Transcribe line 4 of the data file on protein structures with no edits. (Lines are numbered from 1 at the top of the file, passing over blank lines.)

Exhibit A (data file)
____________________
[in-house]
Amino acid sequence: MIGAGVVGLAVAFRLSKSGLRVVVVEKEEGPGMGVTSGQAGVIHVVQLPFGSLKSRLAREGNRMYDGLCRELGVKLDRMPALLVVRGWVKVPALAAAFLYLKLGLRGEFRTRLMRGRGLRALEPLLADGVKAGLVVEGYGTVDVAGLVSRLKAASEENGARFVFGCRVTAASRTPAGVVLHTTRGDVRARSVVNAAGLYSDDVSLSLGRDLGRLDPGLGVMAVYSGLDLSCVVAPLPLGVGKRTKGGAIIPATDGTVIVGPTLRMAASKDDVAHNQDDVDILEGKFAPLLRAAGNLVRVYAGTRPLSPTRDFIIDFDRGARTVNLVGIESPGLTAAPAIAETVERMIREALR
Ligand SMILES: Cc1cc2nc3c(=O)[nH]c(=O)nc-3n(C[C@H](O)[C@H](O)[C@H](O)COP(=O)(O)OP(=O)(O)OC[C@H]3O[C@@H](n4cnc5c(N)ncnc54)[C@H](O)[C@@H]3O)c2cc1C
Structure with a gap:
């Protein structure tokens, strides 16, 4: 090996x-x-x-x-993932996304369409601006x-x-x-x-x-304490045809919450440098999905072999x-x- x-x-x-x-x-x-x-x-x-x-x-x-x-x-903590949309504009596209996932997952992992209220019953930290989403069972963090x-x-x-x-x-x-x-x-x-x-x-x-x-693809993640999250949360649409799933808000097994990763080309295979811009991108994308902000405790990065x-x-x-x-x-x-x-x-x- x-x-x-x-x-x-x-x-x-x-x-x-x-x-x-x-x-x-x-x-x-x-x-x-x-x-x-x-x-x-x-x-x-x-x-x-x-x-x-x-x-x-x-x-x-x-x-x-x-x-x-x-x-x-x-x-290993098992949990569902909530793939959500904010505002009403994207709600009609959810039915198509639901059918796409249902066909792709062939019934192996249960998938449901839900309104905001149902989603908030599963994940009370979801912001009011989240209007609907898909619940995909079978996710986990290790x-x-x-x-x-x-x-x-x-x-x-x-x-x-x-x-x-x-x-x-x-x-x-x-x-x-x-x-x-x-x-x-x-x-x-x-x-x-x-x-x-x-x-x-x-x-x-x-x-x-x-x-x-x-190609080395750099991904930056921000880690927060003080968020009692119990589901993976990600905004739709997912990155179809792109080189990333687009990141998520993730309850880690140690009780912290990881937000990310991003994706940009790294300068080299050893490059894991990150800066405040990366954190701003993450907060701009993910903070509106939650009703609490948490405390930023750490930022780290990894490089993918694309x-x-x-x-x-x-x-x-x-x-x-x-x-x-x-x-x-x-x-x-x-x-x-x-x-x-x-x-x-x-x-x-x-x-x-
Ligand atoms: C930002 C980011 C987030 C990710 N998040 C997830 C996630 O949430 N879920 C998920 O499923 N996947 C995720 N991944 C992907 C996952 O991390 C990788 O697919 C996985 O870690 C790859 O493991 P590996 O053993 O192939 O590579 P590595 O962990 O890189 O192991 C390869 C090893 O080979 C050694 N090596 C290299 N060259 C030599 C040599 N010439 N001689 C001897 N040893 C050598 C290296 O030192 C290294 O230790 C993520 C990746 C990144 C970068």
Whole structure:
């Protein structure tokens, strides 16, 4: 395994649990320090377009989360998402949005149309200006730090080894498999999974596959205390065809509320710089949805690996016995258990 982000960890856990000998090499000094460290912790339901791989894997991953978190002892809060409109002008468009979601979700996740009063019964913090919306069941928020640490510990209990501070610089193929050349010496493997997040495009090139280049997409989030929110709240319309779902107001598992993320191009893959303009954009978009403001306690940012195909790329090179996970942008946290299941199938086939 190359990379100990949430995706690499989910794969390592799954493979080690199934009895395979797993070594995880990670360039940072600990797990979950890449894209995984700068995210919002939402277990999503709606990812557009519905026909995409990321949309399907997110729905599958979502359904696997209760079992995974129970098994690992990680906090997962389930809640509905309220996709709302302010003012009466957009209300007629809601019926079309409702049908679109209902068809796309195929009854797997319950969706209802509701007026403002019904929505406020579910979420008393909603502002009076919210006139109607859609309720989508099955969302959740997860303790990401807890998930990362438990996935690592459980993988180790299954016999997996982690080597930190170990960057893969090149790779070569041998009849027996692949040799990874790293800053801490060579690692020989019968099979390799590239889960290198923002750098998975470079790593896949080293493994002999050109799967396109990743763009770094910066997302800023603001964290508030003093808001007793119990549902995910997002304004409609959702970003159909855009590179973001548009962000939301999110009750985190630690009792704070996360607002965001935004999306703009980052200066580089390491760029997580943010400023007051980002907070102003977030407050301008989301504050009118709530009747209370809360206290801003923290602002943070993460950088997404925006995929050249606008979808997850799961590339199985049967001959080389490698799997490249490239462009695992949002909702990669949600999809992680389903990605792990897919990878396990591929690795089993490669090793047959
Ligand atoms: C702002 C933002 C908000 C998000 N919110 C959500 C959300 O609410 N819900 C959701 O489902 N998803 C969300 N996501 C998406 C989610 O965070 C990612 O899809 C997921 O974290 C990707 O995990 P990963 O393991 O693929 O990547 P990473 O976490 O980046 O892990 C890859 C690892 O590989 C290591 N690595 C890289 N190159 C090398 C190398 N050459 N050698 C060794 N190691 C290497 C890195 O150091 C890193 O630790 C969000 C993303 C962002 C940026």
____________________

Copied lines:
Structure with a gap: